Putting into focus the oppressive nature of post Mao China, which is a communist society the hierarchy of which is filled with corruption, Jin stresses the themes of standing up for one’s self and not letting the powerful and corrupt destroy one’s dreams…
Desperately longing to escape from the single room he and his wife and child have been living in, Bin’s rage is induced by the fact that he fails to obtain an apartment that would provide him and his family with a better life. He feels he has been treated unfairly and that others have been rewarded for political reasons. Unwilling to resort to something as low as bribery, he subjects himself as well as his family, to the endless waiting list for the new apartment, despite his seniority and right to one. It is evident that for some time Bin was able to function in this society quite well. But, the moment he required more than he was given, his dissatisfaction emerged from the depths of his soul. Because, in such a society, one’s power equals the amount of money he owns or people on higher positions that he knows. Effort and hard work are unjustly neglected as unnecessary qualities in a worker, while those that blindly and brainlessly follow orders, are being pushed up the corporate ladder, praised and rewarded. Seething with anger, the hapless Bin turns to the words of the Han dynasty scholar Wan Chong to find solace. His talents as a calligrapher go unappreciated, and after working all day, he can only give vent to his artistry by night. This is where Bin’s personal epic battle between good and evil commences. He gets the idea to use his talents to gain revenge by placing a satirical cartoon in the provincial paper, which is full of vigor, almost resembling a miniature revolution. Feeling utterly overcome by rage, he does not think things through, but acts rashly, and later wishes his wife stopped him. But, it is already too late. His rage has put into motion something much larger than himself and now that it is out, he cannot stop it anymore. It is said that a good artist can channel any emotion into a work of art, and this is exactly what Bin does. Feeling as low as one can possibly feel, he transforms his anger and utter dissatisfaction into expressive art. He uses his almighty calligraphy pen to fight the establishment and this is the only part of him they are not able to put down and control. It is from this part of his soul that his rebellion is teeming forcefully. Bin becomes transformed from a mindless drone into the everyman of human society, the universal man whose spiritual awakening has just found him and whose dreams have just been set in motion, despite his circumstances, despite his possibilities, despite his reality. Party leaders, secretly alarmed by the accuracy and cleverness of the cartoon, rally hastily. Calling a workers meeting, they bluster and sneer over the political incorrectness of his artwork. They respond with a pay cut and Bin creates another art piece that attacks their greed and their anti-revolutionary tendencies. Bin never backs down from the threats launched his way, and occasionally with his wife’s prodding, he continues to look for justice at the commune level, then with the county hierarchy, and finally in Beijing. Because his case becomes so famous, his supervisors are unable to just have him beat up, or to simply fire him. Bin tilts at windmill after windmill, undaunted, unwilling to give in to what he knows is wrong. His supervisors dock his pay, humiliate him, and refuse to employ his talents as a calligrapher and choose to hire an outsider instead, but he still stubbornly persists in his efforts. Both sides are caught in an accelerating spiral of recriminations and revenge, the universal human cycle of ...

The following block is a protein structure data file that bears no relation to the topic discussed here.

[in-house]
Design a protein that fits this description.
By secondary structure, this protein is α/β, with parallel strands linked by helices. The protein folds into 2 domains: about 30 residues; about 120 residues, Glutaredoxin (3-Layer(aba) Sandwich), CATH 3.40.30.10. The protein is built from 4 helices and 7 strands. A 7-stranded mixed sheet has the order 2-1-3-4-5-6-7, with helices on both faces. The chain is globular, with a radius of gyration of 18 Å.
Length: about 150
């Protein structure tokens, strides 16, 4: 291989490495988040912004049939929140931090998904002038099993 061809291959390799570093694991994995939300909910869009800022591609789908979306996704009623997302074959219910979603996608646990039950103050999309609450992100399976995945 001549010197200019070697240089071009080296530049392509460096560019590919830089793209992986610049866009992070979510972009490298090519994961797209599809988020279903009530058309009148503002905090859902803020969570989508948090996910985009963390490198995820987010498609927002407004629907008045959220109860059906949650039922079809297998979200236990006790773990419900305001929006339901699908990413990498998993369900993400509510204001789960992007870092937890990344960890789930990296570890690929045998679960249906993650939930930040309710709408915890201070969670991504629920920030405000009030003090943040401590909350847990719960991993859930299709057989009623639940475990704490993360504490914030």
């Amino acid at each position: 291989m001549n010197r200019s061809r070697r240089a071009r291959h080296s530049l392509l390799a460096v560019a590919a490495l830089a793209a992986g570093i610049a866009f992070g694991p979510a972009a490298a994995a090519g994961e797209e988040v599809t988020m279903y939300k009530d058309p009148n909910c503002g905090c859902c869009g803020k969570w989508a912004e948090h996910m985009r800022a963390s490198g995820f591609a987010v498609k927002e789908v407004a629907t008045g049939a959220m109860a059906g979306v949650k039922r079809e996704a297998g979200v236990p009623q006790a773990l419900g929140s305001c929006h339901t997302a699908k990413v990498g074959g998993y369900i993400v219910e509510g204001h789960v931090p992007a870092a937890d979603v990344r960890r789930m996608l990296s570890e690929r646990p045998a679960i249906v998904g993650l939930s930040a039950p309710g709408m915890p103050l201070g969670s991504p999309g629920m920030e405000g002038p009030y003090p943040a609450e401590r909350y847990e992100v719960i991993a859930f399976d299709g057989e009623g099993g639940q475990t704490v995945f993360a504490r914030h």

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(Literature - In the Pond Essay Example | Topics and Well Written Essays - 1000 Words)
“Literature - In the Pond Essay Example | Topics and Well Written Essays - 1000 Words”, n.d. https://studentshare.net/english/35446-in-the-pond.
One of his greatest analyses was his understanding of four aesthetic principles form work of Kenko which reflected the aesthetic taste of Japanese culture. According to (Balckwell)“Donald Keene has chosen four characteristics from Kenko's work, reflective of Japanese taste, that seem particularly important: suggestion, irregularity, simplicity, and perishability”.These four principles cannot be every time used to criticize a Japanese piece of literature or writing but they do help in initiating the examination of the beauty element in the Japanese literature and art.
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